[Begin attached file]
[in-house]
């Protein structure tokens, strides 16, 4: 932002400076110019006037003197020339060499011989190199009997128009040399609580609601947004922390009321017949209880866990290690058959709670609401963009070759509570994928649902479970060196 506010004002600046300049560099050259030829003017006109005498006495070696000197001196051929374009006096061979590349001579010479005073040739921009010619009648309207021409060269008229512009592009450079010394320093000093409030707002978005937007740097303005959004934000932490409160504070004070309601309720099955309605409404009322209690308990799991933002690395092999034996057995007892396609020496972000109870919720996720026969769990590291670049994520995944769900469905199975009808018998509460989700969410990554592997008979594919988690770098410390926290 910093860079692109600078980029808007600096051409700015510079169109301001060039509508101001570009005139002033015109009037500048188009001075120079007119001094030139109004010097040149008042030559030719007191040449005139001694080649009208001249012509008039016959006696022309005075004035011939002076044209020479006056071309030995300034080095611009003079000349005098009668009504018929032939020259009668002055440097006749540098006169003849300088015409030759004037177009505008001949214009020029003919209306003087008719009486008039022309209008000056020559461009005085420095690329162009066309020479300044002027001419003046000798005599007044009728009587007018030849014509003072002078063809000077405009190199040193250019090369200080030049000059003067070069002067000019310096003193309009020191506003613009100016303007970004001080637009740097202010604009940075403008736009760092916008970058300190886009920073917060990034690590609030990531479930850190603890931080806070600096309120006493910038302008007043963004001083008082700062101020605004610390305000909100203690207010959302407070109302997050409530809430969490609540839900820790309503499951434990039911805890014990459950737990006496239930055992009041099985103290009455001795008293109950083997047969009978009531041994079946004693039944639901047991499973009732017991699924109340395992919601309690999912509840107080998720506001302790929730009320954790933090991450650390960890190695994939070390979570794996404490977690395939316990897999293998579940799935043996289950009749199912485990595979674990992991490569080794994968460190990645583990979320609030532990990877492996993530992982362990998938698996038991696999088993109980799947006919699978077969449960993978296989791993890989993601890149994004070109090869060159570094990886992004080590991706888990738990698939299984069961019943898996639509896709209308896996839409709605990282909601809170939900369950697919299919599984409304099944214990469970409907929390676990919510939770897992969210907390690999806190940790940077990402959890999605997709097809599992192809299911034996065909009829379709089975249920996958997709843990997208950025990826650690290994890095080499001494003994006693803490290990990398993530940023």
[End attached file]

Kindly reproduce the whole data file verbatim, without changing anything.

[in-house]
């Protein structure tokens, strides 16, 4: 932002400076110019006037003197020339060499011989190199009997128009040399609580609601947004922390009321017949209880866990290690058959709670609401963009070759509570994928649902479970060196 506010004002600046300049560099050259030829003017006109005498006495070696000197001196051929374009006096061979590349001579010479005073040739921009010619009648309207021409060269008229512009592009450079010394320093000093409030707002978005937007740097303005959004934000932490409160504070004070309601309720099955309605409404009322209690308990799991933002690395092999034996057995007892396609020496972000109870919720996720026969769990590291670049994520995944769900469905199975009808018998509460989700969410990554592997008979594919988690770098410390926290 910093860079692109600078980029808007600096051409700015510079169109301001060039509508101001570009005139002033015109009037500048188009001075120079007119001094030139109004010097040149008042030559030719007191040449005139001694080649009208001249012509008039016959006696022309005075004035011939002076044209020479006056071309030995300034080095611009003079000349005098009668009504018929032939020259009668002055440097006749540098006169003849300088015409030759004037177009505008001949214009020029003919209306003087008719009486008039022309209008000056020559461009005085420095690329162009066309020479300044002027001419003046000798005599007044009728009587007018030849014509003072002078063809000077405009190199040193250019090369200080030049000059003067070069002067000019310096003193309009020191506003613009100016303007970004001080637009740097202010604009940075403008736009760092916008970058300190886009920073917060990034690590609030990531479930850190603890931080806070600096309120006493910038302008007043963004001083008082700062101020605004610390305000909100203690207010959302407070109302997050409530809430969490609540839900820790309503499951434990039911805890014990459950737990006496239930055992009041099985103290009455001795008293109950083997047969009978009531041994079946004693039944639901047991499973009732017991699924109340395992919601309690999912509840107080998720506001302790929730009320954790933090991450650390960890190695994939070390979570794996404490977690395939316990897999293998579940799935043996289950009749199912485990595979674990992991490569080794994968460190990645583990979320609030532990990877492996993530992982362990998938698996038991696999088993109980799947006919699978077969449960993978296989791993890989993601890149994004070109090869060159570094990886992004080590991706888990738990698939299984069961019943898996639509896709209308896996839409709605990282909601809170939900369950697919299919599984409304099944214990469970409907929390676990919510939770897992969210907390690999806190940790940077990402959890999605997709097809599992192809299911034996065909009829379709089975249920996958997709843990997208950025990826650690290994890095080499001494003994006693803490290990990398993530940023």